Glitter is fabulous, isn’t it? It comes in so many colors and makes everything look extra pretty. Whether it’s an arts and crafts project or a home décor item, a little glitter can add that extra sparkle you’re looking for.
For those of you who are passionate about candle making, we’re sure you’ve thought about jazzing up a boring old candle with some glittery goodness. But what kinds of glitter are actually safe to use in candles?
Some of the glitters that are safe to use in candles are – cosmetic glitter, crushed crystals, polyester glitter, and mica powder. They are all considered to be non-flammable and will not cause any safety issues when used in candles. You can also use other types of glitter as long as they’re tiny enough so that they don’t clog up the wick.
In this post, we’ll take you through everything you need to know about using glitter in candles, as well as what types of glitter you should avoid at all costs. We’ll also give you our recommendations for some glitter products that are absolutely safe for candle making. So, let’s dive right into all things glittery, festive, and flame-y.
4 Types of Glitter That Are Safe to Use in Candles
As we’ve mentioned before, there are four types of glitter that are safe to use in candles. These are cosmetic glitter, crushed glass, polyester glitter, and mica powder. Let’s take a look at each one of them in detail.
1) Cosmetic Glitter
Cosmetic glitter is probably the most common type of glitter that people use in candles. It’s often made with acrylic or polyester, both of which are non-toxic. They come in a variety of shapes, sizes, and colors and are safe to use in candles because it’s non-flammable and doesn’t melt easily.
One thing to keep in mind is that cosmetic glitter can be quite messy, so if you’re using it in a pillar candle, make sure to put down a layer of parchment paper or something similar first. This will help catch any falling glitter and make cleanup a lot easier.
Another thing to note is that some cosmetic glitters contain aluminum, which can be harmful if inhaled. If you’re concerned about this, make sure to choose a cosmetic glitter that’s labeled as “aluminum-free.”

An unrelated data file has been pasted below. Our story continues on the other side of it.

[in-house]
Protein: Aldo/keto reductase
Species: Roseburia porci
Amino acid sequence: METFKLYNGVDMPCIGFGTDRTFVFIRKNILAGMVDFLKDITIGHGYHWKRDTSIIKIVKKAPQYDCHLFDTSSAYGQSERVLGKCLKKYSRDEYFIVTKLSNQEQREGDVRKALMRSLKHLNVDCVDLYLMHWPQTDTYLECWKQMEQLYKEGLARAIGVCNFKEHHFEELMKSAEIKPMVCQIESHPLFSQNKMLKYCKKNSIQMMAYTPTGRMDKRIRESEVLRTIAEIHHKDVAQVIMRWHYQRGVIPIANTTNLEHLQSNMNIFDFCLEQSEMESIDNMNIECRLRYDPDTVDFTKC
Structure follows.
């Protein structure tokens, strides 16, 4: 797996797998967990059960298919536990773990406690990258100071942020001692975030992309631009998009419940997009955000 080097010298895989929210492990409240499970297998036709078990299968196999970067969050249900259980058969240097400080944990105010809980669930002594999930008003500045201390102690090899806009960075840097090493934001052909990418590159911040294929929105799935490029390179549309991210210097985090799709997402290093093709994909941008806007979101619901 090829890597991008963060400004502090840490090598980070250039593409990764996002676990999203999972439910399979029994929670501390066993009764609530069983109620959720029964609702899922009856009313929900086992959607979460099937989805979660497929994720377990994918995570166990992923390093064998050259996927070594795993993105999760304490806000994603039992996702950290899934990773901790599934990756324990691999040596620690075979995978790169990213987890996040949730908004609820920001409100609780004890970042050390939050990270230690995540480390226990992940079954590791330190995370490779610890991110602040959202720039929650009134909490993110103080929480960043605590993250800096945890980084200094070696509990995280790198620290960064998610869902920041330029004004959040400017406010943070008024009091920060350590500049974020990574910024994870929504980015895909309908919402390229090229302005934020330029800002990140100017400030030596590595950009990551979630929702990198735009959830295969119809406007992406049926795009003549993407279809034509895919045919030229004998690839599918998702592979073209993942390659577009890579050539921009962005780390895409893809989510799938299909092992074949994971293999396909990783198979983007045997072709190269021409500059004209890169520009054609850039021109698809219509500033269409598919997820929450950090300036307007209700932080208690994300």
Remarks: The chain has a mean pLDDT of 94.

- Sparkle Dust Glitter (from www.chemistrystore.com): With just a pinch, this ultra-fine cosmetic glitter will add a touch of sparkle to any candle. It’s available in 15 different colors.
- Bio glitter: This is a plant-based glitter that is 100% biodegradable and does not contain heavy metals, chemical compounds, or plastic. Perfect for eco-conscious crafters!
2) Crushed Crystals
Crushed crystal is another popular choice for candles because it’s safe, flame-resistant, and easy to find. It comes in a variety of colors and can be found at most craft stores.
The only downside to using crushed crystal is that it can be a little difficult to mix properly with the wax. For this reason, it’s advised that you use crushed crystals to embed the sides of your candles or add them as a topping.
Some crushed crystal glitter is painted so as to really bring out the shine and sparkle so if you’re buying such painted crystals, always make sure the paint used is non-flammable and non-toxic.
- FloraCraft Diamond Dust Glitter: Made from finely crushed glass, this glitter has an amazing sparkle that will make your candles come to life. It’s only available in snow-white diamond color, so it’s best used for Christmas candles.
- Pacon Spectra Glitter Sparkling Crystals: These hexagon-shaped crystal glitters are perfect for adding an elegant touch to any candle. They also come in a plastic container with multiple-sized openings so that you can control the amount of crystal you use.
3) Polyester Glitter
Polyester glitter is another safe option for candles. It’s often used in cosmetics and crafting because it doesn’t shed or bleed color. It’s also easily available, so you shouldn’t have any trouble finding it at your local craft store.